Thanks, Duncan.

It was with great sadness that I learned of the passing of Duncan Macfarlane. Having known and interacted with him for nearly thirty years, it was truly shocking to be told the news. Duncan was a gentleman, raconteur, sage on all things wargaming, better connected than numerous technology platforms and genuinely nice person to be around. His slightly absent minded, avuncular style created a sense of mild eccentricity but behind that, he was acutely sharp minded, a creative innovator and an extremely knowledgable man. 

His stewardship of two publications in particular - Miniature Wargames and Wargames Illustrated set the benchmark for others to achieve. His approach to editorial content struck a delicate balance between hobby comment and not biting the hand that fed him in terms of advertising revenue. I am still convinced that many of the pithy letters of hobby critique which were published in earlier issues of Wargames Illustrated were nom de plumes for the man himself. Despite pressing him on several occasions to reveal who the 'real' Peter Tanner was, he used to smile and say, ' I couldn't comment on that'.

Duncan pioneered a layout and style which begat the format we are all used to these days and even carries over into blogs, and websites. His witty captioning of photos, use of puns and colour transformed a potentially dry as dust approach into something truly captivating to look at. I remember during a bout of illness in my mid twenties which actually brought me back into the hobby after a ten years break in the world of rock n' roll, the anticipation of nipping down to John Menzies for my copy of Wargames Illustrated. That inspired me to pick up the brush again aged 24 having forsaken it at aged 13. It was a truly life changing event for me and I have been  totally consumed by the hobby ever since. 

It was through Duncan's invitation that the League of Augsburg's games first were shared with a wider public audience. Having displayed a game at Warcon in 1993 or 94 whilst sharing a room with the irrascible John T. Tuckey (who was modelling the entire War of the Spanish Succession on a single table as usual) that LoA eye candy first appeared in WI. Duncan encouraged me to write for the magazine soon after and I have continued to do so since that time.

Duncan continued to be involved in my projects behind the scenes, proof reading copy I have written for the magazine as well as several of the books I have published over the years. His breathtaking photography was done 'long hand'. I remember the excitement of seeing his photographic Royal progress through the Moria-like gloom of Kelham Hall as the lights and gear moved closer to your table. That way, you knew your game was likely to get some column inches. That made the twice yearly, 400 mile round trip to Kelham more than worth it.

I have such vivid memories of the meticulousness of those photo shoots at the Scout Hall opposite his house in Lover's Lane, Newark to which many of us paid visits over the years. We'd meet Stuart, Mark and the lads from Derby, Dean Whitehouse and Paul Trickett (sadly missed also), Dave Marshall and many others who provided Duncan with raw material for the mag. Having a few drinks in his favourite Newark watering holes, a Chinese, Indian or French meal in the Cafe Bleu, and so many stories about the Good the Bad and the Ugly of the hobby. He knew everybody and everything.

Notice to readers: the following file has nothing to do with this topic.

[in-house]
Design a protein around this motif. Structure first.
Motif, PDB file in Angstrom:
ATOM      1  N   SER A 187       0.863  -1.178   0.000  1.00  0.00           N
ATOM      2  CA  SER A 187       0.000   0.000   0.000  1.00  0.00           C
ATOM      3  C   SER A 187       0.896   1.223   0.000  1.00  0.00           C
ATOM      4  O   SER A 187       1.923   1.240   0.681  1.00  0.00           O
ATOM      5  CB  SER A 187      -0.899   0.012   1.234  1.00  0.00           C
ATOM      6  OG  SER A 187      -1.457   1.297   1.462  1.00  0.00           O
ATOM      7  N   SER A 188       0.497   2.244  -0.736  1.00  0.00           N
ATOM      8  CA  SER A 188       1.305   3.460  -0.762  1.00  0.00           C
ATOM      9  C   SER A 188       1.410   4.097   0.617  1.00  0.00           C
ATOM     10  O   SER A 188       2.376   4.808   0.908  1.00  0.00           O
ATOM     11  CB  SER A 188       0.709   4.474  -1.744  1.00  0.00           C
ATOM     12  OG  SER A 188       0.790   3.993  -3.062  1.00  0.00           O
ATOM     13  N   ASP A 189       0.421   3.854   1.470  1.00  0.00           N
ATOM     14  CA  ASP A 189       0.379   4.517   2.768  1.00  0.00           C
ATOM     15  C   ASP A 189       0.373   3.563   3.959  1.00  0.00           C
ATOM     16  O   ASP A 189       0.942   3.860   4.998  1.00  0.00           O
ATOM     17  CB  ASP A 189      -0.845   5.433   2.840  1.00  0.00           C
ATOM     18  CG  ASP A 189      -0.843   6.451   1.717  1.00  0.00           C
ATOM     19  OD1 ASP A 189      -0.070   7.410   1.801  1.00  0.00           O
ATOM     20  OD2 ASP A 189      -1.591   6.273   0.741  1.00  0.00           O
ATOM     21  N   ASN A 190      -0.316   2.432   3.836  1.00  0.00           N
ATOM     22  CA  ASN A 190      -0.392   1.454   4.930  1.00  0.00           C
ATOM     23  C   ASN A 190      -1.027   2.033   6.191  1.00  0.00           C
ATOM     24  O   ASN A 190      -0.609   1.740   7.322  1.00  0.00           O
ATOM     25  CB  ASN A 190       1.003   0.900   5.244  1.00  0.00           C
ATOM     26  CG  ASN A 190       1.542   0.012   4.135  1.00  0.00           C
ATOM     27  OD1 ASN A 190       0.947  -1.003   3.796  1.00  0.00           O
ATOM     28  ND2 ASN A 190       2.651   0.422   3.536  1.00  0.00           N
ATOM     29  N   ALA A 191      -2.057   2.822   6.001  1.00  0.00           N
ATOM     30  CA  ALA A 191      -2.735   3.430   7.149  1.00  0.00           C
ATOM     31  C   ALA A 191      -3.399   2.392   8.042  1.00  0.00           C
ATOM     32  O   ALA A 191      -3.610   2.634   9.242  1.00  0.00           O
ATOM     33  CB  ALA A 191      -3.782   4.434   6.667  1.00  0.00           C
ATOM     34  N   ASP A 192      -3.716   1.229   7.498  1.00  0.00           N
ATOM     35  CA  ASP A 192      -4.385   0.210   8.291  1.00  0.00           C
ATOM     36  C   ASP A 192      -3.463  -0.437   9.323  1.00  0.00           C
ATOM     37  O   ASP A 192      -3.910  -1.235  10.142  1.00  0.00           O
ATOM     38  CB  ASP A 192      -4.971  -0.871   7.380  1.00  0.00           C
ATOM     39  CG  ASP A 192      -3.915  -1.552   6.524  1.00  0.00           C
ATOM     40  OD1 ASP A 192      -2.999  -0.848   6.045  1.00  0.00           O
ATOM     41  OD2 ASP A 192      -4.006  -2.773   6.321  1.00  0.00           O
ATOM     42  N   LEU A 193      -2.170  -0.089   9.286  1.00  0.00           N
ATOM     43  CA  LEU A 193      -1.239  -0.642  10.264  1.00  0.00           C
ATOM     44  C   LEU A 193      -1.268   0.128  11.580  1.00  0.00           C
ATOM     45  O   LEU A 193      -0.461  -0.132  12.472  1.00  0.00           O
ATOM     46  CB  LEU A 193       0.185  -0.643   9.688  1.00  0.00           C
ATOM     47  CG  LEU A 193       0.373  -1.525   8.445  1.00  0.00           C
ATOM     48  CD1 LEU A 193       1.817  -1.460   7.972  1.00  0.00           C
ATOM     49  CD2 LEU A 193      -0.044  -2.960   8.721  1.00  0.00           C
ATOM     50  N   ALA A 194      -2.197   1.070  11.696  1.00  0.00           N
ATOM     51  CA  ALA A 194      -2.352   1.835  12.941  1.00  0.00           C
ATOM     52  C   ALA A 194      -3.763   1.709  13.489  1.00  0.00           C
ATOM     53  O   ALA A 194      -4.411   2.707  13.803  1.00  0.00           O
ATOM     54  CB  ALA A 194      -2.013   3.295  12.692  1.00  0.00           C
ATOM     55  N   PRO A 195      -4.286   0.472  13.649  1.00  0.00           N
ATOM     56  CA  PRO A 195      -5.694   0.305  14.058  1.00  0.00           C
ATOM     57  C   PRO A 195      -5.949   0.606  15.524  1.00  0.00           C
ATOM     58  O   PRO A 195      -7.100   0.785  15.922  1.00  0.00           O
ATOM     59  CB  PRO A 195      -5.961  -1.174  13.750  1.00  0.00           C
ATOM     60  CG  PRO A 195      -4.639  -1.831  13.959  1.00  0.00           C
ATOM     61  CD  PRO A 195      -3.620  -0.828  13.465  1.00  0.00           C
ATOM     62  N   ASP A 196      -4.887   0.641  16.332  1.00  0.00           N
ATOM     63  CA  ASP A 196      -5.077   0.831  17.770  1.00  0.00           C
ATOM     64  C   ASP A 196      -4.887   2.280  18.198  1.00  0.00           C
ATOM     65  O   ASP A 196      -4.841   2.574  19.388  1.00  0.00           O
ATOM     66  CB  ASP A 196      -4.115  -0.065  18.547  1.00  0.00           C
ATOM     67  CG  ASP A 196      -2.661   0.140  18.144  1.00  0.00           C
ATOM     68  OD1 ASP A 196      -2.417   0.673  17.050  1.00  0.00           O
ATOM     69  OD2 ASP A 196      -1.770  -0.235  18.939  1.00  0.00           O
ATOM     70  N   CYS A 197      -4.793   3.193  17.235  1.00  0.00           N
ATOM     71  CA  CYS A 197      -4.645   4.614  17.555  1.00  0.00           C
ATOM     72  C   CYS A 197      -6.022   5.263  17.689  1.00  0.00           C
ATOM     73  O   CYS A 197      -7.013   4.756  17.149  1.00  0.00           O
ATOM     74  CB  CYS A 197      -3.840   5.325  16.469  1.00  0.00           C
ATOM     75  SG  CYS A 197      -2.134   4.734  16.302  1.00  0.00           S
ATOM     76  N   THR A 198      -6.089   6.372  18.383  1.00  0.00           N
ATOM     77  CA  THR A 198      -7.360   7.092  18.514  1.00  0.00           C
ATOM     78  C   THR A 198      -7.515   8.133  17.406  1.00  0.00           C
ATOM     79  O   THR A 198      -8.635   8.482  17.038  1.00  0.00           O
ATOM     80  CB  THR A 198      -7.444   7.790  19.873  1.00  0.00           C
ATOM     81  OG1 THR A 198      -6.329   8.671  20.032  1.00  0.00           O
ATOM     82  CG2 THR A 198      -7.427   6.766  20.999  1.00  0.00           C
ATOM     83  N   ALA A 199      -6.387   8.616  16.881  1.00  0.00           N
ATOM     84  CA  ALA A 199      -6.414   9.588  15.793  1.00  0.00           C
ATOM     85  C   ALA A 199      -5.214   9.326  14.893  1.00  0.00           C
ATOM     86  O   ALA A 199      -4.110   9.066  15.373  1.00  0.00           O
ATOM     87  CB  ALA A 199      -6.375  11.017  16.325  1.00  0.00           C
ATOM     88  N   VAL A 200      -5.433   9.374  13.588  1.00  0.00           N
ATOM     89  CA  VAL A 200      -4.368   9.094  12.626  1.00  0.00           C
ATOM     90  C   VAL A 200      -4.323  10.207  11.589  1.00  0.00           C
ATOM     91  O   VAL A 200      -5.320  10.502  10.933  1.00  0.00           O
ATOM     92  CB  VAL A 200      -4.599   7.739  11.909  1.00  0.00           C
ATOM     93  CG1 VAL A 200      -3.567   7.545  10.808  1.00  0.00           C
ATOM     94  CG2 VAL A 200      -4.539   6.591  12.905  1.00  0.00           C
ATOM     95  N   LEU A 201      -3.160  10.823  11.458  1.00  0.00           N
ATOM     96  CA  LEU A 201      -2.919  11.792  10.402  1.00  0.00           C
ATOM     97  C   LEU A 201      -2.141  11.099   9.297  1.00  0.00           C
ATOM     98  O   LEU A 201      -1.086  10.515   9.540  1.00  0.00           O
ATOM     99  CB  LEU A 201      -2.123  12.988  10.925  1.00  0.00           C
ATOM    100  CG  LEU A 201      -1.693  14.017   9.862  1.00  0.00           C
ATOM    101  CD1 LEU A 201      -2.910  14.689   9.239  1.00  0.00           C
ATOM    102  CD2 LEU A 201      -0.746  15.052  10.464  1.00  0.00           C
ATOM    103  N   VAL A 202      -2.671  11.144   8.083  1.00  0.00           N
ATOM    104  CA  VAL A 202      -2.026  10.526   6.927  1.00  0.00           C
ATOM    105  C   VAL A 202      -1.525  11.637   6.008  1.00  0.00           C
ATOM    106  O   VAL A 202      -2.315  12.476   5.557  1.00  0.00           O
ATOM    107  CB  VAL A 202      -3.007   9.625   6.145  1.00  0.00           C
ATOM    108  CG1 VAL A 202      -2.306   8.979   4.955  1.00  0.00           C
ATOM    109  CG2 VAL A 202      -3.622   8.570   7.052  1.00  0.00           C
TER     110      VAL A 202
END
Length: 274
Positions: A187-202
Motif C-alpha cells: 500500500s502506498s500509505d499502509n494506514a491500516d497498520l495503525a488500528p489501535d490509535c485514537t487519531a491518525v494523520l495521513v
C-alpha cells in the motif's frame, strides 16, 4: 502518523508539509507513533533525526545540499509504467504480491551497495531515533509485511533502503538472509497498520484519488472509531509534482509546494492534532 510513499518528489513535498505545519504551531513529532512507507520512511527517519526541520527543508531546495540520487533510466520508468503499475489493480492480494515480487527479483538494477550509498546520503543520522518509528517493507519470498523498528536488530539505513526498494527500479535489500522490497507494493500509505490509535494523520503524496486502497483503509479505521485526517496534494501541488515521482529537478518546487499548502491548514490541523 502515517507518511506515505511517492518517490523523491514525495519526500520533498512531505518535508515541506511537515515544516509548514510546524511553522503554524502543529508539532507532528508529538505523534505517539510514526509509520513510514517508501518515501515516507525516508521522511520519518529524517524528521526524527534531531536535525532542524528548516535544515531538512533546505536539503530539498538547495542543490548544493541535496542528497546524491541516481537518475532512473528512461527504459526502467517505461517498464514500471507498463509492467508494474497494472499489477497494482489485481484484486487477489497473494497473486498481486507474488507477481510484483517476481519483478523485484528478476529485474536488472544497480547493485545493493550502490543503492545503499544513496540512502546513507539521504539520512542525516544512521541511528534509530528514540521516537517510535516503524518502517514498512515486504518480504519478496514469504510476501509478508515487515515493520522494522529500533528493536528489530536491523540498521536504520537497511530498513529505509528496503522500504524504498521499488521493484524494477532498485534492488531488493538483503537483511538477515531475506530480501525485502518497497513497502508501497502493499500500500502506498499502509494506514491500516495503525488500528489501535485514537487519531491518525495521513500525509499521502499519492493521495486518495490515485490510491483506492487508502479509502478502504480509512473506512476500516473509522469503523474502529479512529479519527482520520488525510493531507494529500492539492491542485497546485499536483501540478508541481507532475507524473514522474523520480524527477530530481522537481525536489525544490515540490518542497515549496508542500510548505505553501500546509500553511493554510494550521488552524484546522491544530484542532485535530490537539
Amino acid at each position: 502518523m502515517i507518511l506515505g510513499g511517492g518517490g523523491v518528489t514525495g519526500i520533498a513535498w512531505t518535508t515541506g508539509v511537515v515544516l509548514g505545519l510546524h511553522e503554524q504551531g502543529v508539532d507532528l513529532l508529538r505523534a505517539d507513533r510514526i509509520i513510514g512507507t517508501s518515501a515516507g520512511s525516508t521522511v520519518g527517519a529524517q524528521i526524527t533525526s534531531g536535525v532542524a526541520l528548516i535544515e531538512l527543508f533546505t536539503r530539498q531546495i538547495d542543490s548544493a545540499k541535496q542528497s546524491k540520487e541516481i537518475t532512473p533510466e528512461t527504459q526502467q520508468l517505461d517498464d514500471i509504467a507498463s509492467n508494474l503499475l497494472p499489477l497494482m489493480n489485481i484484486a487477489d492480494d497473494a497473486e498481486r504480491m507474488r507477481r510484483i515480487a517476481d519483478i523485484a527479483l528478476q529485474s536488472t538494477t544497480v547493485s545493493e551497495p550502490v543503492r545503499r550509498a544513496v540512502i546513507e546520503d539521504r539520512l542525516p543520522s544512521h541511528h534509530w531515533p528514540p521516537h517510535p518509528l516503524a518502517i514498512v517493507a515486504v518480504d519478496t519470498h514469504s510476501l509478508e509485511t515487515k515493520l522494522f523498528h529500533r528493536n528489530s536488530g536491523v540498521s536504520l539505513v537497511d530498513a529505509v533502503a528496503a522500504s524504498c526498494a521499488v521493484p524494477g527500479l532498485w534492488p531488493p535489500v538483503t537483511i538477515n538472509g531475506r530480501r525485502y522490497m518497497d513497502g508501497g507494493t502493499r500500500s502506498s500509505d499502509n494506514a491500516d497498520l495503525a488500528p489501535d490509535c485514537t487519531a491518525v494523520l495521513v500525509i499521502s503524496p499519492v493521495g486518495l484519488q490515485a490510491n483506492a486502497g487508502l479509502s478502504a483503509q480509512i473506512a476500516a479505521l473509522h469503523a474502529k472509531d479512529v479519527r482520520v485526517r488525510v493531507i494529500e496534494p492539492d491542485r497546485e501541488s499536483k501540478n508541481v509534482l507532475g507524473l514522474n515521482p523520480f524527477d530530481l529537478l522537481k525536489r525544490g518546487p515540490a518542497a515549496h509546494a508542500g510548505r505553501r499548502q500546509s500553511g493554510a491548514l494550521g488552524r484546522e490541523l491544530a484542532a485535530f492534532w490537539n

His two properties within a stone's throw in Newark were curiousities in themselves. Crammed to the gunwales with wargaming joy, his living room and bedroom windows were shelved over with rows of model buildings and you dare not step off the tiny carpet path in the terraced two up two down in case you squashed a wargaming treasure painting by some hobby Michelangelo. He did a lot of the close in photography in a tiny room in that small house on a table less than 2 feet square surrounded by literally thousands of little wargaming gems - collected, bought, donated, swapped, traded or paid as debt recovery for the numerous side deals he was always doing. He was a trader, figure manufacturer, middleman, author, rules writer and any other manner of contributor to our hobby. To quote Malcolm Tucker - a node, the chief node, Node of Node Hall. Duncan was at the centre of the web.

I read on some forum somewhere recently disparging comments about this piece of archive footage with Duncan and John Tilson looking very serious and demonstrating an ECW game on the TV show Battleground. 

I don't normally respond to that kind of bait but felt compelled to point out to the numbskull author that he had contributed more to the hobby than most of the rest of us combined.

Like many people, I knew Duncan, but at the same time, knew nothing about him. I spent a fair bit of time in his company, always enjoyed it and usually ended up laughing at some tale, comment or terrible pun he had offered up. He was a very private man, probably would grimace at the outpouring of tributes which will inevitably surge over the next few weeks as the news spreads but, I think it is appropriate that someone who fed our hunger for high quality wargaming literature should have some column inches dedicated to their legacy.

He originated and passed on the best quality wargaming publication on the market and he put in more than he took out. Thanks, Duncan.